Dearborn again named a Five-Star City for economic development

DEARBORN – For the fifth year in a row, Dearborn has achieved a rating recognizing its ability to foster entrepreneurial growth and economic development in the annual eCities study conducted by researchers at iLabs, University of Michigan-Dearborn’s Center for Innovation Research.

Dearborn was one of 19 communities across the state to receive a five-star designation in the study. Dearborn has received a five-star honor each year since 2011. The city also earned a four-star designation in 2010.

“We appreciate this recognition, which once again acknowledges that the city is always looking for opportunities to promote Dearborn to business investors and reflects our success in attracting new development,” Mayor John O’Reilly Jr. said.

Dearborn and the other 19 five-star municipalities spent more than $3.4 million on economic development, had more than $31 million in additions to assets in the past year and had more than $29 billion in combined real and personal property values.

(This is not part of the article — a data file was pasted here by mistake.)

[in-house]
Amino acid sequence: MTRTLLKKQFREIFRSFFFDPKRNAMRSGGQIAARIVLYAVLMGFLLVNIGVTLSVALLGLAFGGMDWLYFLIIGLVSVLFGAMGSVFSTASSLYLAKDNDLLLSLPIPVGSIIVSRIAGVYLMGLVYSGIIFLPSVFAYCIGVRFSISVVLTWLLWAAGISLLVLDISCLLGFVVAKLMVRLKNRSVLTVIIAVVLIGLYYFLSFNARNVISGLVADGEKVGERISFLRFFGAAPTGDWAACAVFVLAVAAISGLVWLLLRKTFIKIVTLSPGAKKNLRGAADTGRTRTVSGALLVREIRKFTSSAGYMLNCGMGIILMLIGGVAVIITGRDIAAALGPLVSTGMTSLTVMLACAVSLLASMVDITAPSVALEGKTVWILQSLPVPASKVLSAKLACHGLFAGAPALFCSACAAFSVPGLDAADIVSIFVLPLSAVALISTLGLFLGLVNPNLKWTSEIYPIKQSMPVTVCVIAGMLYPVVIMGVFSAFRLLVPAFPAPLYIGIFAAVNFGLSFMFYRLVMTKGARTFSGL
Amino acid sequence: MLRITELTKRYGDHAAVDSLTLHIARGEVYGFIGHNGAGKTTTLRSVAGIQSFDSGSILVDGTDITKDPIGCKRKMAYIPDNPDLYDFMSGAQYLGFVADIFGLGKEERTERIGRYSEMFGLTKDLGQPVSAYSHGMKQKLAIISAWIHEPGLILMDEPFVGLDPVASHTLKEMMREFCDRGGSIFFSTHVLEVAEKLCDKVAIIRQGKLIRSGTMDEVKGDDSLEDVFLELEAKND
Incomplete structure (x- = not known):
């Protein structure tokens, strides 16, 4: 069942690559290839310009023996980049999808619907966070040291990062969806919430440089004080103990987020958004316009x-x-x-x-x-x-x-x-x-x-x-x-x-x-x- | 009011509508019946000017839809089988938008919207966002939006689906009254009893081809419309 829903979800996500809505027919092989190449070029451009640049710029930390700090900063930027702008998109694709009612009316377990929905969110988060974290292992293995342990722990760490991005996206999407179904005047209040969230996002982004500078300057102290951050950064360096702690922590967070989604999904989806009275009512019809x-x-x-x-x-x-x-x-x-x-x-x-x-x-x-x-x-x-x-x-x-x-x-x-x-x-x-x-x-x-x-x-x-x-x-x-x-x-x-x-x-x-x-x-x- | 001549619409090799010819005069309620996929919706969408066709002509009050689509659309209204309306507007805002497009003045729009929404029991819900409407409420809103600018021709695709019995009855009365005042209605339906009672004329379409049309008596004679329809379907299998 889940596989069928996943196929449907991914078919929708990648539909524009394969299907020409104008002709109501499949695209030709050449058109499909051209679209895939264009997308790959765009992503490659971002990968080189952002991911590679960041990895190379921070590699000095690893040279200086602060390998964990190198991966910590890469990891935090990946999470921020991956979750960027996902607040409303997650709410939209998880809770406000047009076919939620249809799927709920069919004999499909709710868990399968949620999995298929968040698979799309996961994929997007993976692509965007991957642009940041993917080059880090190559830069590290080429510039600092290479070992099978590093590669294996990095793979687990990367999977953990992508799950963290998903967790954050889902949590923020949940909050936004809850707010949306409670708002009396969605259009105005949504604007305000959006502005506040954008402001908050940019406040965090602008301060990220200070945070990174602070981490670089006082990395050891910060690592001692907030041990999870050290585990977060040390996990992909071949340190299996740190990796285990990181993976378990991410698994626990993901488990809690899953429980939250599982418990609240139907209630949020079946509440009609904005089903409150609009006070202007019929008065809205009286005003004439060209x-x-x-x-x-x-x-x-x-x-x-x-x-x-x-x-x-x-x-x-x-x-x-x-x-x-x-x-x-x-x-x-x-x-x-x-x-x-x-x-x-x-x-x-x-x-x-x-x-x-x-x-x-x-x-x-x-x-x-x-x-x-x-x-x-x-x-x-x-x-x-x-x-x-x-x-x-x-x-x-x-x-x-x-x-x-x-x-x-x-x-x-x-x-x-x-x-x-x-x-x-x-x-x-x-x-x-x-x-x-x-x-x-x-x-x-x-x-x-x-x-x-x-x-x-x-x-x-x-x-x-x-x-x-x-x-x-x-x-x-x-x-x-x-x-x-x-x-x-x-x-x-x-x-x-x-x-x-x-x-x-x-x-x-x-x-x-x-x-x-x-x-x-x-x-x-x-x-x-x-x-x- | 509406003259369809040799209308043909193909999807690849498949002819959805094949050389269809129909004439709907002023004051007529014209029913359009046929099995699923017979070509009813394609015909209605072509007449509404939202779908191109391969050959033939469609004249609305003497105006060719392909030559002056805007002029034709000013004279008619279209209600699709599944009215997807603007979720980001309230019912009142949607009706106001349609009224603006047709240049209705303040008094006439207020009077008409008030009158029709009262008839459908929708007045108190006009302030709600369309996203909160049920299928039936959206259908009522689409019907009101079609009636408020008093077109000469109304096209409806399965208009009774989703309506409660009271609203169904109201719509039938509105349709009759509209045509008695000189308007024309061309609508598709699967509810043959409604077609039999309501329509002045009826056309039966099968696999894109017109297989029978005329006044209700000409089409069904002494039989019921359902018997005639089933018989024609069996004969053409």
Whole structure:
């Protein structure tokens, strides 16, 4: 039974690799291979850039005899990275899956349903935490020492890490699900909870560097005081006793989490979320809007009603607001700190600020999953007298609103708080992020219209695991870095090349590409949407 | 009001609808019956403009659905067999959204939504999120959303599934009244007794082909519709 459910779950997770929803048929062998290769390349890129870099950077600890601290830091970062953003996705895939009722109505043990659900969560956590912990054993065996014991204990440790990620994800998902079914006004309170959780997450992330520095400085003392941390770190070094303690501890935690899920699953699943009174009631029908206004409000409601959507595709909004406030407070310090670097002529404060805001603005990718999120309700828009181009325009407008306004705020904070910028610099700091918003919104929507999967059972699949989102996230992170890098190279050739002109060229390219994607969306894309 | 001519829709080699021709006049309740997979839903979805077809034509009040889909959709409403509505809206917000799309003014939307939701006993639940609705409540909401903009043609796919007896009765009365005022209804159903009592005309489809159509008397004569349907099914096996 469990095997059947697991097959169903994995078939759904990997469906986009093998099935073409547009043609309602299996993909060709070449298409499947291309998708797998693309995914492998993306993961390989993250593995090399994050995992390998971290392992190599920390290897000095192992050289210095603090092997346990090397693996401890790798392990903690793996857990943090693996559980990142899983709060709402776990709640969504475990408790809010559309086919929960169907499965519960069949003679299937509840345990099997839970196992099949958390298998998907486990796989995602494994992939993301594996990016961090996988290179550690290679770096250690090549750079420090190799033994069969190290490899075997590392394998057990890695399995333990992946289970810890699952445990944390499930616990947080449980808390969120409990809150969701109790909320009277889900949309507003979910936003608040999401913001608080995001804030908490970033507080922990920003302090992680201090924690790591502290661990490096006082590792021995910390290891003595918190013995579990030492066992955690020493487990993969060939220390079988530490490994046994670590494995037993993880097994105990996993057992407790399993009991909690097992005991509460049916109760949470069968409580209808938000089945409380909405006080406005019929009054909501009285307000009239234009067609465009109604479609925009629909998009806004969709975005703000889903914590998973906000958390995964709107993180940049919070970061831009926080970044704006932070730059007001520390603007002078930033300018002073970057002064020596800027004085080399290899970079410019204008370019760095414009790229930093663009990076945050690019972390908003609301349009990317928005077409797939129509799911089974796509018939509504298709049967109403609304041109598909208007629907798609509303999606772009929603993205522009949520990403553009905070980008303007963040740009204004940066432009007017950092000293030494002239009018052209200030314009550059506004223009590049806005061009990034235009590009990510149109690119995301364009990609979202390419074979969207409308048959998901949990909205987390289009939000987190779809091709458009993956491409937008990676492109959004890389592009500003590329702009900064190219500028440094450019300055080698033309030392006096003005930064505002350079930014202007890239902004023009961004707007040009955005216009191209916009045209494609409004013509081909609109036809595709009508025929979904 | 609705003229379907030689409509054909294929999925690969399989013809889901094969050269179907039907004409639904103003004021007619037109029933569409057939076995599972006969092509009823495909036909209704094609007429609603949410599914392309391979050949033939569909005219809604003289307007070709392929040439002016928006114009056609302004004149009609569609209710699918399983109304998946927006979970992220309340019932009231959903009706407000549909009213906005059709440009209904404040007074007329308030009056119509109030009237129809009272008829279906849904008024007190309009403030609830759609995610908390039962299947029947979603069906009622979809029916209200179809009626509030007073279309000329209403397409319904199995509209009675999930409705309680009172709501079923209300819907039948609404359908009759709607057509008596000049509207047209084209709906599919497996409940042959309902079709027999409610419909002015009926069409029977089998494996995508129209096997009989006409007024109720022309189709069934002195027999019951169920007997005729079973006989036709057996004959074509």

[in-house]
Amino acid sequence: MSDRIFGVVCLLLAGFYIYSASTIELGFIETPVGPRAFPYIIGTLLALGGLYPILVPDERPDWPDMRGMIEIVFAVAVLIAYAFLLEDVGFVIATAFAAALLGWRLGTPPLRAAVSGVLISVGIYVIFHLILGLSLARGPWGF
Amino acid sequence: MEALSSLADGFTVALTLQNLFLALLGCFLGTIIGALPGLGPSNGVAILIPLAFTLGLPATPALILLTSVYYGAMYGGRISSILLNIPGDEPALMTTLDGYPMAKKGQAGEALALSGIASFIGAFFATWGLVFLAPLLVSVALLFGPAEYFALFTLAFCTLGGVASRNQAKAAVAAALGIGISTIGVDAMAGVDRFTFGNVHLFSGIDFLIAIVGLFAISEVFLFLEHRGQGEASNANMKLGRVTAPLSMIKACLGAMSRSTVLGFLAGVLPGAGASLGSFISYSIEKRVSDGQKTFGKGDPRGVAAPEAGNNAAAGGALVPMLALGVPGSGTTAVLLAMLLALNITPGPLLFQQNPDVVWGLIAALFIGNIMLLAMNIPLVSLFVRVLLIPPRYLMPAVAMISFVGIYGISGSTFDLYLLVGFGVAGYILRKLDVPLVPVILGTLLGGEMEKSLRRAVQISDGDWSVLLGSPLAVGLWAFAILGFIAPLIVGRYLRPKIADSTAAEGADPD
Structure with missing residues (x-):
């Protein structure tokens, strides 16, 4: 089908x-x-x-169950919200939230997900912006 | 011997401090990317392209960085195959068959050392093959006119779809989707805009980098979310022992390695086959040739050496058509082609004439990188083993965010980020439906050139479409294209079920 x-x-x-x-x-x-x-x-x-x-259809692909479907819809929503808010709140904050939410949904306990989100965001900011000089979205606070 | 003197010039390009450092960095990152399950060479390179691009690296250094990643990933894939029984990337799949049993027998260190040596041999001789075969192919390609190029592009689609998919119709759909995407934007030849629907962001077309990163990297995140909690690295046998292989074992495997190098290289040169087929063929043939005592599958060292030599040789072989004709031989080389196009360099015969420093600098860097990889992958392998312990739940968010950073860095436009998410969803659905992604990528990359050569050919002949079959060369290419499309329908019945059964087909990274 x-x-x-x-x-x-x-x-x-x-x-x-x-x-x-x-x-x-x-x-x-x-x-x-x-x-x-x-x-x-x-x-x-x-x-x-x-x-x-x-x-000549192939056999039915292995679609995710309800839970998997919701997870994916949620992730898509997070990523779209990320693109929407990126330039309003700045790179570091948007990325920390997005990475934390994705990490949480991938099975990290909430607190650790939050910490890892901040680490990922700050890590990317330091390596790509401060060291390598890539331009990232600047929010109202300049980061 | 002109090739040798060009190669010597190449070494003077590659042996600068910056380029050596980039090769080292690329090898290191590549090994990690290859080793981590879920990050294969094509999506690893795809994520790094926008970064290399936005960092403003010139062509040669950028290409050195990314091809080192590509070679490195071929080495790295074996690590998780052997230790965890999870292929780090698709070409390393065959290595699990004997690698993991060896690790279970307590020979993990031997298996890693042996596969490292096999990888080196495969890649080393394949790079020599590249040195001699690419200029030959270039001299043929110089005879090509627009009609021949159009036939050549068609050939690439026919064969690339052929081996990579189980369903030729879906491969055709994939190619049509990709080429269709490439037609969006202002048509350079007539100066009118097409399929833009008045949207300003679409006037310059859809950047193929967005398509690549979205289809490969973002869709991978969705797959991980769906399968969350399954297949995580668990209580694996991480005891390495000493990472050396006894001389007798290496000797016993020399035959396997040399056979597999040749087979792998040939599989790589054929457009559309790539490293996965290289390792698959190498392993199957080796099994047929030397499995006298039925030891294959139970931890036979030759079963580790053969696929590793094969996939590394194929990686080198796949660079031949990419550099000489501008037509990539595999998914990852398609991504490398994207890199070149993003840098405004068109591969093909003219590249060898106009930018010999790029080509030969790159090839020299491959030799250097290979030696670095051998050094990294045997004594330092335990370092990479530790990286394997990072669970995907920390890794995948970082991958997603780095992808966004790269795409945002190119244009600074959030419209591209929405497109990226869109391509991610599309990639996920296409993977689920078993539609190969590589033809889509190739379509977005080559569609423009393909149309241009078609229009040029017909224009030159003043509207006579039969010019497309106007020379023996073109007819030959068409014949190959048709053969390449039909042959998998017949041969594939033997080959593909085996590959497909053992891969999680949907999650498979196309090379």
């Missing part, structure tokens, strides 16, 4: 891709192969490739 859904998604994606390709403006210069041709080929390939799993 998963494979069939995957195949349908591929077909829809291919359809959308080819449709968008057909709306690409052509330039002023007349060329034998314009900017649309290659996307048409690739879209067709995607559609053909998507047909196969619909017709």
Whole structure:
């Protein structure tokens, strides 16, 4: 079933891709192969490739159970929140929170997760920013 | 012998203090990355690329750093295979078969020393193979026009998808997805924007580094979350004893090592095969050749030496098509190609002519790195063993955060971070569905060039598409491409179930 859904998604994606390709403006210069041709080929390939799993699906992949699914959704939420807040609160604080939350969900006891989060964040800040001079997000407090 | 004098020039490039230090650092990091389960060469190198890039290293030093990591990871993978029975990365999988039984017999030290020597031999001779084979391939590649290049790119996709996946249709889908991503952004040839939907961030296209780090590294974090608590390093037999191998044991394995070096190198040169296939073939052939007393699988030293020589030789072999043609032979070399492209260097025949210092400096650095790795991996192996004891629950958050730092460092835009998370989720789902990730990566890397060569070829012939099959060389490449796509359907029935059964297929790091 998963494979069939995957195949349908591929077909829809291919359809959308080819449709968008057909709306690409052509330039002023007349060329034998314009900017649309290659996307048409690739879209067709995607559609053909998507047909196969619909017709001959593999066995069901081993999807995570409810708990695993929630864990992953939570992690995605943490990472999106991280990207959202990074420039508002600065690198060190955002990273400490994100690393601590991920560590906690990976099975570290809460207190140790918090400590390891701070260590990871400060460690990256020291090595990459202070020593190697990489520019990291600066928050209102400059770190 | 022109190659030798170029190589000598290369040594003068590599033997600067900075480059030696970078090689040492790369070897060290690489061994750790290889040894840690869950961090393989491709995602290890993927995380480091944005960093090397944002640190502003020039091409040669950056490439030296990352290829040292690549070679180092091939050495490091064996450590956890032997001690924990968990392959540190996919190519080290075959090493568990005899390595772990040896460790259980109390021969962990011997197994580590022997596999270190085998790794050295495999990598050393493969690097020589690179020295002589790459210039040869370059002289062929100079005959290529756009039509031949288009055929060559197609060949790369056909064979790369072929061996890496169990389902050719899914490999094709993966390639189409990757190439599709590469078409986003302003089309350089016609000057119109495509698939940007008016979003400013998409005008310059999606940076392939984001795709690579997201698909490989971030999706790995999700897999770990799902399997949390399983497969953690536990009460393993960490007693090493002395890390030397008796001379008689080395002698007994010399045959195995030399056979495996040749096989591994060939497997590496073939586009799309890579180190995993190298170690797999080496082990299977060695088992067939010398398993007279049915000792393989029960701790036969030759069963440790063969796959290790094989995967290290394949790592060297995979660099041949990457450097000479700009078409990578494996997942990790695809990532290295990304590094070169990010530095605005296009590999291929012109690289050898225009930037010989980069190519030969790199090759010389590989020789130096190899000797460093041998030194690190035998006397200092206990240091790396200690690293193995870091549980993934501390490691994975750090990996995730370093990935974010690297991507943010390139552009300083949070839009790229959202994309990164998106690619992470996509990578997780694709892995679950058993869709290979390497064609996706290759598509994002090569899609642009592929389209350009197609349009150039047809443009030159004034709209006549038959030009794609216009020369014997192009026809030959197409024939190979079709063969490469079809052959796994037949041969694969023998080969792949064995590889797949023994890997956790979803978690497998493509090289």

Research conducted by the eCities study surveyed 66 communities from 29 Michigan counties that are home to more than 19 percent of the state’s residents and 10 percent of its college graduates.

“The eCities project highlights how local governments from across the state of Michigan are cultivating and supporting economic development,” Tim Davis, director of iLabs, said. “These communities show how local governments can work in distinct and strategic ways to energize public spaces, while investing in businesses and job development.”

The annual eCities project, which began in 2007, uses data supplied by participants, as well other public records to assemble a six-factor, 32-item index of entrepreneurial activity, examining factors like clustering, incentives, growth, policies, community and education.

The study’s focus on entrepreneurship reflects its importance to the expansion and diversification of Michigan’s regional economies and the impact small businesses have on job creation.